About halfway through Elizabeth Goudge’s novel The Scent of Water, a novelist, Paul, quotes Job chapter 14: “For there is hope of a tree, if it be cut down, that it will sprout again, and that the tender branch thereof will not cease. Though the root thereof wax old in the earth, and the stock thereof die in the ground, yet through the scent of water it will bud, and bring forth boughs like a plant.” Paul has been blinded in the second World War, and his wife Valerie believes the whole affair has been harder on her than on anyone else in the world. She torments him with small cruelties and sighs her way through her martyrdom. But Paul, even in his pain, has hope for transformation and renewal.
This is a book about renewal. Like many of Elizabeth Goudge’s books, it is about the relationship between people and place: in this case, between two women and the home they inhabited in Appleshaw, in Oxfordshire. Mary Lindsay, an accomplished headmistress of a fine school, has inherited a house in Appleshaw from a distant aunt she met only once, as a child. For reasons she can hardly explain even to herself, she retires early to go and live in the deep English countryside (“before it disappears,” she tells herself.) There she restores the house, and learns that she isn’t the “landlocked sea” she feared she’d become after the war. She also learns about her Aunt Mary, whose namesake she is, and about the people living in the village, all of whom are in need of one sort or another of restoration and renewal. There is Edith, the child who lives next door, who’s hiding a miserable secret; the elderly Colonel and Mrs. Adams, whose upright and shining generosity nearly effaces their shame about their cad of a son; the Hepplewhites at the manor, whose money comes from unnameable sources; and Jean Anderson, the Vicar’s sister, who is mortally terrified of everything. Mary also finds her aunt’s journals, and discovers her lifelong battle with crippling depression, and her work to make her home a haven from it through prayer and connection with her friends.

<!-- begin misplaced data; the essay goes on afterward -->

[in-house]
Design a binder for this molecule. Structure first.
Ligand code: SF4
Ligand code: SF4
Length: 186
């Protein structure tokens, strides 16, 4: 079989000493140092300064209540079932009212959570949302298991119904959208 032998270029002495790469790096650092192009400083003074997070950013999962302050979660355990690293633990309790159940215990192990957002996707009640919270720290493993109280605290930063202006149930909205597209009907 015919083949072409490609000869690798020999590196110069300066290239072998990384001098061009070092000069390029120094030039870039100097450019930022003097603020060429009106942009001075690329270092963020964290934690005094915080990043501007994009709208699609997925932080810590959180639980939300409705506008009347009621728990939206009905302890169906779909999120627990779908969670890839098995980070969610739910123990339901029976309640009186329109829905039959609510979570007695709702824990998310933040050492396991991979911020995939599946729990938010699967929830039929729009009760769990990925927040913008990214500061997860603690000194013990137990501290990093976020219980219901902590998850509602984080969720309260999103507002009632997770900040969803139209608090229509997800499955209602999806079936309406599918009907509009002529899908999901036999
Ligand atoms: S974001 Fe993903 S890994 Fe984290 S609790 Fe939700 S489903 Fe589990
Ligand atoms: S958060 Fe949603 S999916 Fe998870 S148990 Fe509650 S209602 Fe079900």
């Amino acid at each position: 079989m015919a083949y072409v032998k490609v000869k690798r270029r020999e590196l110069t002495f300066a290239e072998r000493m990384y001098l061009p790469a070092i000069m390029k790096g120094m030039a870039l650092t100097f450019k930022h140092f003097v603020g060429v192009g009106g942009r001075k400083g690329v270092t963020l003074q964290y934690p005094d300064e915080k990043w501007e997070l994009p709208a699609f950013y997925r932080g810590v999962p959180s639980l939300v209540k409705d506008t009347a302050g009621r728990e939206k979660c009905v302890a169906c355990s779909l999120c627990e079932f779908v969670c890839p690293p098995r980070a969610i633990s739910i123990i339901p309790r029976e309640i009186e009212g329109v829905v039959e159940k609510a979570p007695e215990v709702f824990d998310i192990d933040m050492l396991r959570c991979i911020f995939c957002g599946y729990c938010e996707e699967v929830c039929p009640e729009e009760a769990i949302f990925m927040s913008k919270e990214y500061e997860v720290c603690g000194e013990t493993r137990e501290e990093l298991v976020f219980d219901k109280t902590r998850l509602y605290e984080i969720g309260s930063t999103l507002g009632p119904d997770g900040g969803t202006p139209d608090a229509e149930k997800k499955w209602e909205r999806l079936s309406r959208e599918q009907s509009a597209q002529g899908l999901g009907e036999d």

Goudge takes each of these threads and tugs them gently. While it’s true that she’s an author who believes in happy endings, those endings are earned through pain and loss, each character finding their own way to a renewal they may not have believed possible. If I had a criticism of the book, it’s that I would like to know even more of the characters’ stories — it’s a large cast, and the book doesn’t go on long enough to suit me. It could have been a trilogy, like the Eliots of Damerosehay books, and I’d have been happy.
Elizabeth Goudge is one of the very few authors I know of who writes about such a wide range of the different stages of life. In each of her books, she includes interesting characters who are children, young people, middle-aged people, couples, people who’ve never been married, old people, and animals. After reading so many books that are only interested in, say, twenty-five to forty-year-olds in romantic relationships, it’s just… refreshing. The fact, for instance, that this book also contains a very vivid and honest portrayal of what it’s like to live with depression, and another quite unsentimental blind character — a novelist who creates his chapters whole in his mind before dictating them, and gets around both Appleshaw and London with his dog — only reinforces that Goudge is not the “chocolate-box” author she’s often classified as.
I think of Elizabeth Goudge as one of my favorite authors, but honestly, there are so many of her books that I haven’t read yet! The Scent of Water is one that’s been recommended to me over and over as one of her best, and it was excellent. If you’ve been wondering where to start, this would be a great place (or The Bird in the Tree, or Green Dolphin Street, or The Little White Horse…)